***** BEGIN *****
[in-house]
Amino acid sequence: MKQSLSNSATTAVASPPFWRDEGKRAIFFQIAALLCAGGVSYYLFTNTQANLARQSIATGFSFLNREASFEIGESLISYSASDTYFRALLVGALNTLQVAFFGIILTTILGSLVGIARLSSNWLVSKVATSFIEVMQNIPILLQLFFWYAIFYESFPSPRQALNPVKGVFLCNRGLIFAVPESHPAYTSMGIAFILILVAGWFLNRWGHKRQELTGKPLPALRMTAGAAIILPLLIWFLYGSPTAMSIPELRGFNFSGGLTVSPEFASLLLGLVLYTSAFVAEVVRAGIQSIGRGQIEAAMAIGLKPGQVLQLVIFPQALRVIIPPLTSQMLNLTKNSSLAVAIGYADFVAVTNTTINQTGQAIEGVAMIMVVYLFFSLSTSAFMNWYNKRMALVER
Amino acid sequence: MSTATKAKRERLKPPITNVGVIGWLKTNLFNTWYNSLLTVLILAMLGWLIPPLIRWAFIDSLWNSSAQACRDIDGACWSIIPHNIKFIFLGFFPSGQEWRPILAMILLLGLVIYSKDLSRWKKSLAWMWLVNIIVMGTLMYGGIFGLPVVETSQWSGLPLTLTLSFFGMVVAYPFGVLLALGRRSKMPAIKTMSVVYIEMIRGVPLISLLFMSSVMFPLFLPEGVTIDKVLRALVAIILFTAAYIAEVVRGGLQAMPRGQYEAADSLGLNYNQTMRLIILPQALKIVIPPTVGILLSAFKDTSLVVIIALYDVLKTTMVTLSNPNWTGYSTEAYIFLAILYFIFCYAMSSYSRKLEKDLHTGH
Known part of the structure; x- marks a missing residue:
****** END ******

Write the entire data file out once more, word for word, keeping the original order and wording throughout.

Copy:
[in-house]
Amino acid sequence: MKQSLSNSATTAVASPPFWRDEGKRAIFFQIAALLCAGGVSYYLFTNTQANLARQSIATGFSFLNREASFEIGESLISYSASDTYFRALLVGALNTLQVAFFGIILTTILGSLVGIARLSSNWLVSKVATSFIEVMQNIPILLQLFFWYAIFYESFPSPRQALNPVKGVFLCNRGLIFAVPESHPAYTSMGIAFILILVAGWFLNRWGHKRQELTGKPLPALRMTAGAAIILPLLIWFLYGSPTAMSIPELRGFNFSGGLTVSPEFASLLLGLVLYTSAFVAEVVRAGIQSIGRGQIEAAMAIGLKPGQVLQLVIFPQALRVIIPPLTSQMLNLTKNSSLAVAIGYADFVAVTNTTINQTGQAIEGVAMIMVVYLFFSLSTSAFMNWYNKRMALVER
Amino acid sequence: MSTATKAKRERLKPPITNVGVIGWLKTNLFNTWYNSLLTVLILAMLGWLIPPLIRWAFIDSLWNSSAQACRDIDGACWSIIPHNIKFIFLGFFPSGQEWRPILAMILLLGLVIYSKDLSRWKKSLAWMWLVNIIVMGTLMYGGIFGLPVVETSQWSGLPLTLTLSFFGMVVAYPFGVLLALGRRSKMPAIKTMSVVYIEMIRGVPLISLLFMSSVMFPLFLPEGVTIDKVLRALVAIILFTAAYIAEVVRGGLQAMPRGQYEAADSLGLNYNQTMRLIILPQALKIVIPPTVGILLSAFKDTSLVVIIALYDVLKTTMVTLSNPNWTGYSTEAYIFLAILYFIFCYAMSSYSRKLEKDLHTGH
Known part of the structure; x- marks a missing residue: